>> >> experimental version of yt. This may be a bit more rocky at first -
>> >> there might be bugs - but will be more rewarding in the end as this is
>> >> the direction the codebase is going. The work is ongoing in the
>> >> yt-3.0 branch on Matt Turk's fork of yt:
>> >> https://bitbucket.org/MatthewTurk/yt
>> >> In both cases there is unfortunately not a lot of documentation at the
>> >> moment. This is something that we're working on right now. Mailing
>> >> list archives as well as the YTEP listing
>> >> (http://ytep.readthedocs.org/) might prove to be useful.
>> >> As for your questions about yt internals, I've written some basic
>> >> description below. I would also encourage you to read the yt method
>> >> paper and to take a look YTEP-0001 and YTEP-0005, which describe the
>> >> new geometry system.
>> >> The basic data structure yt uses to represent an on-disk dataset is
>> >> the StaticOutput class. The SPH frontend defines a GadgetStaticOutput
>> >> class as well as a GadgetHDF5StaticOutput subclass to represent HDF5
>> >> Gadget datasets. You can create a new StaticOutput instance using the
>> >> 'load' function or by directly instantiating an instance of a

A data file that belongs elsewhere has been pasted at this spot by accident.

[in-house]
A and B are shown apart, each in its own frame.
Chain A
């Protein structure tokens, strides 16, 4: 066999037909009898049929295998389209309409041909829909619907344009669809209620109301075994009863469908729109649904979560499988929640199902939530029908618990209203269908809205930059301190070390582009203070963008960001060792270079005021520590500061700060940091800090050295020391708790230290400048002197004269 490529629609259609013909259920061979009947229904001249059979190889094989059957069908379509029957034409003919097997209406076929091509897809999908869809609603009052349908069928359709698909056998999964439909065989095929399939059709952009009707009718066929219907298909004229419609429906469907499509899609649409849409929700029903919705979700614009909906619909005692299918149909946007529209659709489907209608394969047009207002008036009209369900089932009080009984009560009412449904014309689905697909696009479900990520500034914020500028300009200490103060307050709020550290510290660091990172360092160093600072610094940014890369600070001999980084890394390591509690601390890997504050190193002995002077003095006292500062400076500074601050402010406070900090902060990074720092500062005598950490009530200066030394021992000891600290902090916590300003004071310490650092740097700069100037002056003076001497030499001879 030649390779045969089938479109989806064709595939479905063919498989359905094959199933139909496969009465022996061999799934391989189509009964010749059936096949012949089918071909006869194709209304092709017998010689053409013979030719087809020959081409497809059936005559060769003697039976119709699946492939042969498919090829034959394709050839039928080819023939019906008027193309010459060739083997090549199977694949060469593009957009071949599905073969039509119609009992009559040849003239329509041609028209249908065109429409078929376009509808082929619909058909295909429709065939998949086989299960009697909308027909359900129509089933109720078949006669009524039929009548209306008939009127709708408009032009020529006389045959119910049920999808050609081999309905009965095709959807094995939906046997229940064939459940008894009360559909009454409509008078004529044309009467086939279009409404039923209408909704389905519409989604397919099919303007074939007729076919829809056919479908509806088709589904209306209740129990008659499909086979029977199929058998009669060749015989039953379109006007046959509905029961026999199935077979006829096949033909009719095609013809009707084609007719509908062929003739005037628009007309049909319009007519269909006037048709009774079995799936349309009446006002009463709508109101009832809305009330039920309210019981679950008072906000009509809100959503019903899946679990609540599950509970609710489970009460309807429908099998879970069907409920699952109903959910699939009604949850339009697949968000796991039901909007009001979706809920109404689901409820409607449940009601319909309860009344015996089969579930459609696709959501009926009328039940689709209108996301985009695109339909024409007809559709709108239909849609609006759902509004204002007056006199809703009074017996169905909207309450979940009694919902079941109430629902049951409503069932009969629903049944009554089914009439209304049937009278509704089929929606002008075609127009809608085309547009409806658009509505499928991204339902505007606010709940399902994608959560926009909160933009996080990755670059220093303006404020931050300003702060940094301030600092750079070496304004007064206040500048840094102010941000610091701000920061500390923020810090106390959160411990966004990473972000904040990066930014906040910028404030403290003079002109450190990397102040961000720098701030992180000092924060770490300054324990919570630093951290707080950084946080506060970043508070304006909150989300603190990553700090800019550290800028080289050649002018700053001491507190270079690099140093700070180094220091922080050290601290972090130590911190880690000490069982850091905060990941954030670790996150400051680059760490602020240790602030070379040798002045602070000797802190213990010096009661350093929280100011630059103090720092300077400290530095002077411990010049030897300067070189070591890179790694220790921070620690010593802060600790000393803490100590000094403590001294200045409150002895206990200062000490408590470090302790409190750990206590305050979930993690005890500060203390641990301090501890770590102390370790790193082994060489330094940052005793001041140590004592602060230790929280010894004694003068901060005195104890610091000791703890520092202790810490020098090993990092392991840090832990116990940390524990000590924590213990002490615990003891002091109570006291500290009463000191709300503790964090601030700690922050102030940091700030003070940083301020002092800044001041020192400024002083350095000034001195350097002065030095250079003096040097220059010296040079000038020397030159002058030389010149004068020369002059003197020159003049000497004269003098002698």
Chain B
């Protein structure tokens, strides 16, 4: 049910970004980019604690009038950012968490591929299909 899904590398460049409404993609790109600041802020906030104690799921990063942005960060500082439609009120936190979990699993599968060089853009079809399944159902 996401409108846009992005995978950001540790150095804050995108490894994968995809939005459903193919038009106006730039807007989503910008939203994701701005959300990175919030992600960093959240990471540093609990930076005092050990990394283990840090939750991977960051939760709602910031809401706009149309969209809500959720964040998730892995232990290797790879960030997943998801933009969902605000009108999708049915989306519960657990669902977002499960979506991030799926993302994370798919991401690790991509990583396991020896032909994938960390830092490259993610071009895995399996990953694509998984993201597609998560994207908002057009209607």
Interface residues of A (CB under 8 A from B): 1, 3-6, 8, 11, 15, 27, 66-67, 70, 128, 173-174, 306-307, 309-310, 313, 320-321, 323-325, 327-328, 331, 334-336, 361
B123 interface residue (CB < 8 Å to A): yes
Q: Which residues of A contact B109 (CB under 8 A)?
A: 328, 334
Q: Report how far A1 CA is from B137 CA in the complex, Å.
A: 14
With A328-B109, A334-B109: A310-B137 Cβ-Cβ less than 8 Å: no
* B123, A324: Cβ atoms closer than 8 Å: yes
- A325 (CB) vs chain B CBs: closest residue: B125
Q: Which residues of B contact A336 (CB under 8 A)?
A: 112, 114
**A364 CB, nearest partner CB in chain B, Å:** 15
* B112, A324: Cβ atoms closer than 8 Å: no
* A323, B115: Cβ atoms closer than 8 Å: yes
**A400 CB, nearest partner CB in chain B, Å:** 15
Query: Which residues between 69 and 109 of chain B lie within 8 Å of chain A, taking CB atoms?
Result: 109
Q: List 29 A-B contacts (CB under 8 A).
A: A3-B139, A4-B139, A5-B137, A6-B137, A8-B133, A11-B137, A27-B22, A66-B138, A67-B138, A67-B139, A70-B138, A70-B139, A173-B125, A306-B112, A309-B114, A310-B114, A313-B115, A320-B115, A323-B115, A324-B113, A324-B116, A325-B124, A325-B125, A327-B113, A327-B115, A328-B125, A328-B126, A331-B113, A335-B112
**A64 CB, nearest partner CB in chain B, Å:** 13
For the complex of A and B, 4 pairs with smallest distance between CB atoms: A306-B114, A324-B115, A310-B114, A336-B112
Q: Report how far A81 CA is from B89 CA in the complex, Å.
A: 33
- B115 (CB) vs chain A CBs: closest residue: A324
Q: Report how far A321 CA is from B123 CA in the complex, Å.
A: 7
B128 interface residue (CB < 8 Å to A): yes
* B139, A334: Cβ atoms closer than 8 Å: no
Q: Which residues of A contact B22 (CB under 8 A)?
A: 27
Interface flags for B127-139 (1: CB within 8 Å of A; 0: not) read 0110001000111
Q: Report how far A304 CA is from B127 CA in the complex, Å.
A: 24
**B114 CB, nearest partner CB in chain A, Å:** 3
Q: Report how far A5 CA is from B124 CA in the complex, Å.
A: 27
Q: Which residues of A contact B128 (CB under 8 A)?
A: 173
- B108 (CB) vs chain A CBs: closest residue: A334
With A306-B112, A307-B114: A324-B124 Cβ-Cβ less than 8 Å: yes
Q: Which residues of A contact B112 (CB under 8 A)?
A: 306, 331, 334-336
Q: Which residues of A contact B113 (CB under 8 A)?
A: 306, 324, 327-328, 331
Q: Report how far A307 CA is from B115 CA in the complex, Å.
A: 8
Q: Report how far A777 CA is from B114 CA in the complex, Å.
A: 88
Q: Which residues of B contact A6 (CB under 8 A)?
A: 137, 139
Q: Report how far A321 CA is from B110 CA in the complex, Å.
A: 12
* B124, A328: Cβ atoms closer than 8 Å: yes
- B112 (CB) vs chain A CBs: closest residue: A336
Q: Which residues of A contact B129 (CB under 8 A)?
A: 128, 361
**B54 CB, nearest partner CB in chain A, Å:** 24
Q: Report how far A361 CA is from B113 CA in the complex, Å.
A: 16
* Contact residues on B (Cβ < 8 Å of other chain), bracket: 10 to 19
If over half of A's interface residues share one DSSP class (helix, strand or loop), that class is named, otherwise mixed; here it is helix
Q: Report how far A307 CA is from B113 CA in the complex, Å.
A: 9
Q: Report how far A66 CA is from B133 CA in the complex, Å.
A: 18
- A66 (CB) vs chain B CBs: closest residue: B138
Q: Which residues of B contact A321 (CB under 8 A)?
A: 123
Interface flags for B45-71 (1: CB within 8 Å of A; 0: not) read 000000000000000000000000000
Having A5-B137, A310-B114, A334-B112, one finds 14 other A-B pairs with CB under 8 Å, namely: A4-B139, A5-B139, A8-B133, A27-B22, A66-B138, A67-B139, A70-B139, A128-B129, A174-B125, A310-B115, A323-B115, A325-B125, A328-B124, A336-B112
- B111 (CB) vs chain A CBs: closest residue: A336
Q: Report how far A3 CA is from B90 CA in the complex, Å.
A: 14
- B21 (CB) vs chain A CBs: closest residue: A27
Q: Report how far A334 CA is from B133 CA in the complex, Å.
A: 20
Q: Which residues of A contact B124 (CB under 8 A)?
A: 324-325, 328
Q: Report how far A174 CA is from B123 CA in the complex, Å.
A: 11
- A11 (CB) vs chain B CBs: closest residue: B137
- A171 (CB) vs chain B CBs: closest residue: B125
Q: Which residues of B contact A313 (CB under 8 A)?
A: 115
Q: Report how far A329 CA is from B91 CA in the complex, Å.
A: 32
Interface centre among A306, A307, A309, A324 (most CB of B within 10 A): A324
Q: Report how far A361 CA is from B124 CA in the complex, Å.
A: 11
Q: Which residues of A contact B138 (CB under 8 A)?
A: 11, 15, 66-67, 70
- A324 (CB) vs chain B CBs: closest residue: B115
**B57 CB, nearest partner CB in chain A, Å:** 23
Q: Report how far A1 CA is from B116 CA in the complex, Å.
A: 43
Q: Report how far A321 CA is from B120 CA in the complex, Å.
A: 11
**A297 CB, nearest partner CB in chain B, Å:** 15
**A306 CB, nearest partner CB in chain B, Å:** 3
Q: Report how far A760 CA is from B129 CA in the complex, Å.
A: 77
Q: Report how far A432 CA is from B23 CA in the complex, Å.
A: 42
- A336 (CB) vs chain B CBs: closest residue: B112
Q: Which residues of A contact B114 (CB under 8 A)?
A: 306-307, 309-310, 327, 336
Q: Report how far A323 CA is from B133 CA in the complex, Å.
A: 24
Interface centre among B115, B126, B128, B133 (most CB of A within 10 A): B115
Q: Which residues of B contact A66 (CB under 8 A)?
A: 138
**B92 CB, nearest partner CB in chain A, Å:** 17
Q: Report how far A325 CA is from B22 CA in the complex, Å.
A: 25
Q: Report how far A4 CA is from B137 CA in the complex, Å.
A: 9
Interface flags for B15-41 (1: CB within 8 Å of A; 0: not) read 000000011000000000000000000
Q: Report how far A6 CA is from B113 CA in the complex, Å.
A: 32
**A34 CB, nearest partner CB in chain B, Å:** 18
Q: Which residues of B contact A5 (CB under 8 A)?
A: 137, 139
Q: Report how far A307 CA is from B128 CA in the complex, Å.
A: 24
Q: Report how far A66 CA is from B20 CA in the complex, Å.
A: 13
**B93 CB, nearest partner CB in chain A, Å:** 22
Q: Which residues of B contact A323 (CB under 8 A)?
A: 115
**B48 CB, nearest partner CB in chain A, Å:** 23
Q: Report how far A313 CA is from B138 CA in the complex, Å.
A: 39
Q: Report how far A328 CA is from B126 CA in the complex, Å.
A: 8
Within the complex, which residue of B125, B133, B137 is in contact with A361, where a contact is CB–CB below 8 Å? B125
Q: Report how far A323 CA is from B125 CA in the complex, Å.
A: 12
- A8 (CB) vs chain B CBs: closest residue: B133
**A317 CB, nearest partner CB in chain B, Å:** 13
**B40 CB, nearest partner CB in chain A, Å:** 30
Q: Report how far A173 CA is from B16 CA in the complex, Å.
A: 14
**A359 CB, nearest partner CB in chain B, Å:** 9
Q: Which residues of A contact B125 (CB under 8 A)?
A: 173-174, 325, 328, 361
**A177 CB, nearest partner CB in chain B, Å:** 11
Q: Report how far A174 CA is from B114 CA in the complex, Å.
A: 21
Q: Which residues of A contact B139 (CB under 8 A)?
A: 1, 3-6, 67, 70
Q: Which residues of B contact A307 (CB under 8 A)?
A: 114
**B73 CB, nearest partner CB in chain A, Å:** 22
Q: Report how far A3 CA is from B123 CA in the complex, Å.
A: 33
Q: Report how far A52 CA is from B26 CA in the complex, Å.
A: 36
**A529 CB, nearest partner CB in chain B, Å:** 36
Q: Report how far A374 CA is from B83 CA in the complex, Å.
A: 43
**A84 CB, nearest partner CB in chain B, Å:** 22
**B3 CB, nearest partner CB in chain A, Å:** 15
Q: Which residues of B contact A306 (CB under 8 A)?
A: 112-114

>> >> StaticOutput subclass defined in one of the frontends. You'll need to
>> >> look at the parameters of the __init__ method to figure out exactly
>> >> how to load the data. For Gadget, the 'load' convenience function only
>> >> works with HDF5 datasets, so if you are have data written in Gadget's
>> >> binary format, you'll need to load your data by calling
>> >> GadgetStaticOutput directly.
>> >> StaticOutput instances have as an attribute an instance of
>> >> GeometryHandler. This class handles the indexing and selection of
>> >> data. This is really the heart of yt's hard-core numerics, and is
>> >> written in a way that is very accessible at a high level. If you want
>> >> to dive into the algorithms, I think it would help to look over the
>> >> GeometryHandler class as well as its subclass the
>> >> ParticleGeometryHandler. That said, yt's interface is more or less
>> >> agnostic to the underlying algorithm used to index the data.
>> >> Do you have specific questions about how to load and visualize your
>> >> datasets?
>> >> Hope that's helpful and not too much of a manifesto :)
>> >> -Nathan